When Denis O’Brien sold out of Ireland’s biggest newspaper group in 2019, the billionaire drew a line under an investment that had cost him more than €450 million.
Now the country's richest man faces crunch time again as Digicel, the Jamaica-based mobile phone company he launched in 2001, struggles to refinance the company in the face of its $6.7 billion (€6 billion) debt.
The company was once a cash cow for Mr O’Brien. Between 2012 and 2014 he received dividends totalling $1.1 billion from Digicel, which operates in 31 markets, mostly in the Caribbean and also in Central America and the Pacific islands.
“It’s been a good piggy bank,” said one senior Dublin financier who has tracked Mr O’Brien’s business affairs for years. “But those days are now well and truly over.”
An abandoned 2015 Wall Street flotation, which hit plans to trim long-term debt by up to $1.3 billion, and a succession of testing bond maturities have piled pressure on the business.
For Mr O'Brien, a veteran of many scrapes who made his first fortune winning Ireland's second mobile phone licence in the 1990s and then selling to British Telecom, the coming months will be critical.
With a $1.3 billion repayment looming in April 2021 and a series of maturities reaching $3 billion in the following 18 months, he must make tough decisions to stabilise Digicel’s finances.
He has been here before. After lengthy talks with Digicel bondholders in 2018, the maturities of two bonds worth a combined $3 billion due in 2020 and 2022 were extended by two years, with no haircut on the principal.
For bondholders including Ashmore, Eaton Vance and Goldman Sachs, the stakes are also high. Digicel bonds were trading at 15 to 16 cents in the dollar in December, amid anxiety about the outlook for the business.
Credit rating agency Fitch said recently that Digicel faced "imminent refinancing risk", and would have to restructure debt at multiple levels over the next 12 to 18 months because of an unsustainable capital structure.
Similar concerns have been raised by Moody’s, which warned in July of an increasing risk that Digicel would make another distressed exchange or debt restructuring.
The company’s operating performance has been weighed down for years by a difficult transition to mobile data services, as it struggled to replace the voice service revenues that were once its bedrock.
Currency depreciation in key Caribbean markets has compounded the problem, with most of the company’s debt denominated in dollars. Given the high interest burden, free cash flow is negative.
But Digicel believes it is making progress, with data revenue exceeding voice for the first time in the three months to June, the first quarter of its financial year, and rising in the second quarter by 15 per cent. Revenues from business and home entertainment services are also improving, but comprise just 20 per cent of the total.
Second-quarter earnings before interest, tax, depreciation and amortisation dropped 1 per cent against a year earlier to $250 million. Underlying revenues rose 4 per cent to $580 million but a $26 million currency hit took reported revenues down 1 per cent to $554 million. The currency impact was driven primarily by the gourde’s decline in Haiti, a big Digicel market roiled by unrest and economic stagnation.
Sul Ahmad, associate director with Fitch in Chicago, said that while revenues should start to stabilise within 12 to 18 months, a recovery was unlikely to be swift.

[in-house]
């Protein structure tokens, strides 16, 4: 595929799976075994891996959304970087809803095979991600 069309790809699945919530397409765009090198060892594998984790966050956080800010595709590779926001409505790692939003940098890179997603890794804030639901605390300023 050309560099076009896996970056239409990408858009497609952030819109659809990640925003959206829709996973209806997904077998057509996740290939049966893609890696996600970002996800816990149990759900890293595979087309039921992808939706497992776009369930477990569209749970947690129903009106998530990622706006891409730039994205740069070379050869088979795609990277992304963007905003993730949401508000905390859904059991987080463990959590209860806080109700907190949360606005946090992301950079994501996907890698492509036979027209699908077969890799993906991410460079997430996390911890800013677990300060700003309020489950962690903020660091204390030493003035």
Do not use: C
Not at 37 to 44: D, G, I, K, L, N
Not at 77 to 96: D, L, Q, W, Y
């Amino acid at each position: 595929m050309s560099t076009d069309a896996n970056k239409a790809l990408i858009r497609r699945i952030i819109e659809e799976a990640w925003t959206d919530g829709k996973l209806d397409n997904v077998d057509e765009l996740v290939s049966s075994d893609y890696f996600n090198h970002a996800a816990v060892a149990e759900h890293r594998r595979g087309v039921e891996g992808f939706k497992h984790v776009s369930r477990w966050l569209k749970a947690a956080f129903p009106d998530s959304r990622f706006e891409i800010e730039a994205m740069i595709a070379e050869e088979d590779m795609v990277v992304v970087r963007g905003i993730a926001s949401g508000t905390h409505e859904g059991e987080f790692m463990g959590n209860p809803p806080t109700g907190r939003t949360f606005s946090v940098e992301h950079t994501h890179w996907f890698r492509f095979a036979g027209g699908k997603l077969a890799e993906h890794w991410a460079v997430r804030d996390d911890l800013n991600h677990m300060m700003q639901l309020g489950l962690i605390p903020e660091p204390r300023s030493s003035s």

“We don’t see there being enough of an operational turnround in the near to medium term for the company to organically deal with its debt maturities,” he said.
The situation is all the more urgent because indebted companies such as Digicel tend to refinance big debt obligations about 18 months in advance. With only 16 months remaining before the 2021 maturity, the company is known to be exploring its options.
Digicel declined to comment.
Nicole Green, analyst with Xtract, a debt covenant research service in New York, said one possible route for the company would be a debt exchange with 2021 bondholders to extend repayments, similar to the manoeuvre that prolonged the 2020 and 2022 notes.
But she added that such a move would raise many questions: “Can the company offer these holders something attractive enough to have them agree to this consensual exchange? If this is just a maturity extension is this going to be something attractive for the holders given the outlook for the company?”
To maximise the benefit from such an exchange, Digicel might need to approach the holders of a $925 million note due in March 2023, which Ms Green said had the same status in the company’s capital structure. “If the 2023 holders aren’t approached, how much maturity relief would they be able to get if they approach only the 2021 holders?”
The stance of bondholders, who pressed Mr O’Brien hard in 2018 by spurning his original offer to restructure debt and ultimately forced him to sweeten the terms, will be critical.
One key question is whether investors will push him to inject fresh equity into the company, something he did not do during the last restructuring. Still, the Dublin financier said Mr O’Brien would be likely to play “hardball” with investors whenever the crunch comes.
A person close to one Digicel bondholder argued against a huge bond restructuring, saying the company should be allowed to dig itself out of trouble. “They need more time to return the business to growth,” the person said. “They should extend near-term maturities to buy time and go from there.”
Still, Mr Ahmad believes there is no silver bullet that can banish Digicel’s debt woes.
“I think that the company does have some levers to pull,” he said.
“But the magnitude of the challenge - given where they are operationally - is very, very significant vis-à-vis the debt pile.” – Copyright The Financial Times Limited 2020